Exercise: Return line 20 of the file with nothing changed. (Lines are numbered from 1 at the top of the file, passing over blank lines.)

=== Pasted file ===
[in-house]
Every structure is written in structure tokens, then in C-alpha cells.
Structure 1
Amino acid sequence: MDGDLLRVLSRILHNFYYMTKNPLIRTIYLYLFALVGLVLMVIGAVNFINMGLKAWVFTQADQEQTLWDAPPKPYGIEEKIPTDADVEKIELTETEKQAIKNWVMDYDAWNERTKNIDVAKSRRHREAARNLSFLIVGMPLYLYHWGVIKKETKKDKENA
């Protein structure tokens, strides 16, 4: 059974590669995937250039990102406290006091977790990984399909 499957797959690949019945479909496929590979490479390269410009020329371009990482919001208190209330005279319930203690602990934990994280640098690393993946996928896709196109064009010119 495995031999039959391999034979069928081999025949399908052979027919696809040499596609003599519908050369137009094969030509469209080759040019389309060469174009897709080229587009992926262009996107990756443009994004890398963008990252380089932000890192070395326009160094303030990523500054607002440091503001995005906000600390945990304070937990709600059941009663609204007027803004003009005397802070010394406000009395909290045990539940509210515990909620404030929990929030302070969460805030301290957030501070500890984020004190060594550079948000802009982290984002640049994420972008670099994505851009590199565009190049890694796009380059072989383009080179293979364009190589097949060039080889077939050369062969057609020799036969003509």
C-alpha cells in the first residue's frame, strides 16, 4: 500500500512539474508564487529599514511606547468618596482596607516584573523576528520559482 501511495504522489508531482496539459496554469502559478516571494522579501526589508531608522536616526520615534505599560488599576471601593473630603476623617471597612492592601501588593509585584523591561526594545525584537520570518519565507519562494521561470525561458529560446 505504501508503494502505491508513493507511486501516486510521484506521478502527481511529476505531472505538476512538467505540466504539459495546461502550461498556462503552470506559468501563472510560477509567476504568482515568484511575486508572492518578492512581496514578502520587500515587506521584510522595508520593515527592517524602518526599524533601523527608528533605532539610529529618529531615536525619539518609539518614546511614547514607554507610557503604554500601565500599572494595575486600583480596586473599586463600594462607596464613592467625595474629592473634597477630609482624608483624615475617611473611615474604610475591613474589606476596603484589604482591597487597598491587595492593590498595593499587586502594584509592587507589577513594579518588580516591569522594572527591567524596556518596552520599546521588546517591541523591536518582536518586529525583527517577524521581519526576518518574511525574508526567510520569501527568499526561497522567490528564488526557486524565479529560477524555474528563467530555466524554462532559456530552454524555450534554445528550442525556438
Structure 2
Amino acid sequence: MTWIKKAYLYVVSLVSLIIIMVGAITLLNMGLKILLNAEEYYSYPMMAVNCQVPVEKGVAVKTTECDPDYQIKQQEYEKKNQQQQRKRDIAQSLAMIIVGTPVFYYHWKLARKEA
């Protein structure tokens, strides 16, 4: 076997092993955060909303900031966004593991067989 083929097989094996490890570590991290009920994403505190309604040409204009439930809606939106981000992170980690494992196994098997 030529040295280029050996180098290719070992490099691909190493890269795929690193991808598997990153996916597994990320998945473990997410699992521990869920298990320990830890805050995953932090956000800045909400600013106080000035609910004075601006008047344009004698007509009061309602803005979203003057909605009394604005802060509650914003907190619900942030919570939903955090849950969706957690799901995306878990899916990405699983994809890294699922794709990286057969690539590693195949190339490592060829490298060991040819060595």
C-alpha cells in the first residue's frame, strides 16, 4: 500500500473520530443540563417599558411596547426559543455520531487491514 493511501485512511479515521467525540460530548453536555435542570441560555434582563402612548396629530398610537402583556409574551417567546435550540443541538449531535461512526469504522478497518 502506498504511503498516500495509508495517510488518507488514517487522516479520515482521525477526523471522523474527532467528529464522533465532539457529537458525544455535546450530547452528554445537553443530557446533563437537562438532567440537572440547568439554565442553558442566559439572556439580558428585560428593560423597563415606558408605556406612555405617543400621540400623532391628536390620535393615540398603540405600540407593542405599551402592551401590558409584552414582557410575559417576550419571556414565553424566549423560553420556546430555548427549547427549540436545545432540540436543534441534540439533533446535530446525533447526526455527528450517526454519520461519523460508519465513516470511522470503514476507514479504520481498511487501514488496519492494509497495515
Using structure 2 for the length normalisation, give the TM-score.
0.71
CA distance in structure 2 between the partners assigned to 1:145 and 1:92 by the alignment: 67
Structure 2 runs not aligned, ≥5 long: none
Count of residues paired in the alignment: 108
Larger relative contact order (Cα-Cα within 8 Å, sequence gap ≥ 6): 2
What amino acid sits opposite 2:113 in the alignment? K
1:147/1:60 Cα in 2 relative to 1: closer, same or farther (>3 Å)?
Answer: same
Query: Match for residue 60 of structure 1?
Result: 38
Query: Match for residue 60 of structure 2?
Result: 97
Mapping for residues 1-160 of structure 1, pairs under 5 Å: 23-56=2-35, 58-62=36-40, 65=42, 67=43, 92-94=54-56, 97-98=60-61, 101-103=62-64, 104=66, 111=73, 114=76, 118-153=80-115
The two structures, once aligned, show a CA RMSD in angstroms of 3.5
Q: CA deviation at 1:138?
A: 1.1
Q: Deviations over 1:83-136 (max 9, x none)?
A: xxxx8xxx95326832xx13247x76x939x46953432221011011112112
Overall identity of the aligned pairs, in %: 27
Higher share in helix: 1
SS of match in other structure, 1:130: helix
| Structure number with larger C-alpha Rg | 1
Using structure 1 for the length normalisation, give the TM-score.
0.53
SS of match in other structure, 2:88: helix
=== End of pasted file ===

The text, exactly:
Query: Match for residue 60 of structure 1?